The Man They Couldn't Fry
rating: 0+x

Basic Information

According to the story, Thomas Edison was in a battle with advocates of Alternating Current. Edison felt strongly that AC was inherently dangerous, and thought he could prove this to the public by devising a method of execution by electricity which would forever link AC with Death: the Electric Chair

It didn't work out exactly that way. The criminal placed in the Chair actually survived, although he suffered incredible agony. It took several tries and a period of trial and error before the executioners determined the correct voltage to kill a man. Even then, it often took multiple applications of the current to do the job, and on occasion the condemned man would still survived due to a botched set-up.

In 1947 a case before the Supreme Court argued that a man who survives the electric chair has already been executed and therefore cannot be executed again. The Court disagreed.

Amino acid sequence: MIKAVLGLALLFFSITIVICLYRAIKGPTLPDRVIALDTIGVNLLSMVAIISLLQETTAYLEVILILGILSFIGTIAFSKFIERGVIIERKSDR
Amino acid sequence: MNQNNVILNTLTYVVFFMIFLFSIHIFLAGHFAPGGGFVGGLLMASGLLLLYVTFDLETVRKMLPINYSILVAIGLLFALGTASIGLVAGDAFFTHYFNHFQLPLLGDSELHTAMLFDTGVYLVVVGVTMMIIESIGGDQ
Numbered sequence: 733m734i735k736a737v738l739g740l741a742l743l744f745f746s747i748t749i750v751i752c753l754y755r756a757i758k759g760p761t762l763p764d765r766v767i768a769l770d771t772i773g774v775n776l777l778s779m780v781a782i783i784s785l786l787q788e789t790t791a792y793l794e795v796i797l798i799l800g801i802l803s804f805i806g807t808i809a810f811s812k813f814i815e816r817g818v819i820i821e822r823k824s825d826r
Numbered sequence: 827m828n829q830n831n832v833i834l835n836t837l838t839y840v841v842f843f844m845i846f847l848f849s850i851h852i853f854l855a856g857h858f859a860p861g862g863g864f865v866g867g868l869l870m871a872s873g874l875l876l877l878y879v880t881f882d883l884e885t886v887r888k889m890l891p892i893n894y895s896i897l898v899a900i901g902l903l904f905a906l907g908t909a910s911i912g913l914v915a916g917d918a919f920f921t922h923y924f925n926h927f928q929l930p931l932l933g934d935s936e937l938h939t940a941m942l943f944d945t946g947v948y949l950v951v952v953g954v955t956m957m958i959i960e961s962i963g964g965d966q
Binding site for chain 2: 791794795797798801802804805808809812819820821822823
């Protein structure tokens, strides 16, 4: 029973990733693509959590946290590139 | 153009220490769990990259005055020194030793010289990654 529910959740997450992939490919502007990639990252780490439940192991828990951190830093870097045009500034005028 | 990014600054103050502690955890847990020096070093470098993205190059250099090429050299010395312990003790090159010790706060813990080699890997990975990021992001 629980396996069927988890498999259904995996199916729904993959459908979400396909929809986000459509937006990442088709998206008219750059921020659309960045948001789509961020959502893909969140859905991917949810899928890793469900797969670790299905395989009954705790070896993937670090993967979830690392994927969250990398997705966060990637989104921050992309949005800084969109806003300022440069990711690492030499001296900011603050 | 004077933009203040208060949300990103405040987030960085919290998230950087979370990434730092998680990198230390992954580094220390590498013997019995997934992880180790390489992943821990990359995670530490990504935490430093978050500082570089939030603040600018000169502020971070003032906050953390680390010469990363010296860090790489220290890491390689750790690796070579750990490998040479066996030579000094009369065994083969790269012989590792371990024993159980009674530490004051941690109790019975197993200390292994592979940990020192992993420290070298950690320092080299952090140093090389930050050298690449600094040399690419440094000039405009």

Victorian science sometimes identified electricity as the Vital Force of life. There was a short story by Sir Arthur Conan Doyle in which a criminal placed in an electric chair is actually revitalized, and the process makes him impossible to kill. This idea was used in a sadly-forgotten horror film called The Indestructible Man

The electric chair has largely been superseded in states with capital punishment by lethal injection.

See Also:


2. Fiction: "The Los Amigos Fiasco" by Sir Arthur Conan Doyle

Game and Story Use

  • Marv from Sin City anyone? Of course, we suspect Marv just had a lot of hitpoints….
  • Electricity based post-humans might well be unfryable, as might anyone with the ability to convert electricity into something else - indeed, plugging in someone who can (for example) convert electricity into psychokinetic energy could be a really stupid thing to do.
  • Likewise traditional interpretations of Frankenstein's Monster and similar constructs - Roger the homonculus from the Hellboy series also thrived on grid power.
Unless otherwise stated, the content of this page is licensed under Creative Commons Attribution-ShareAlike 3.0 License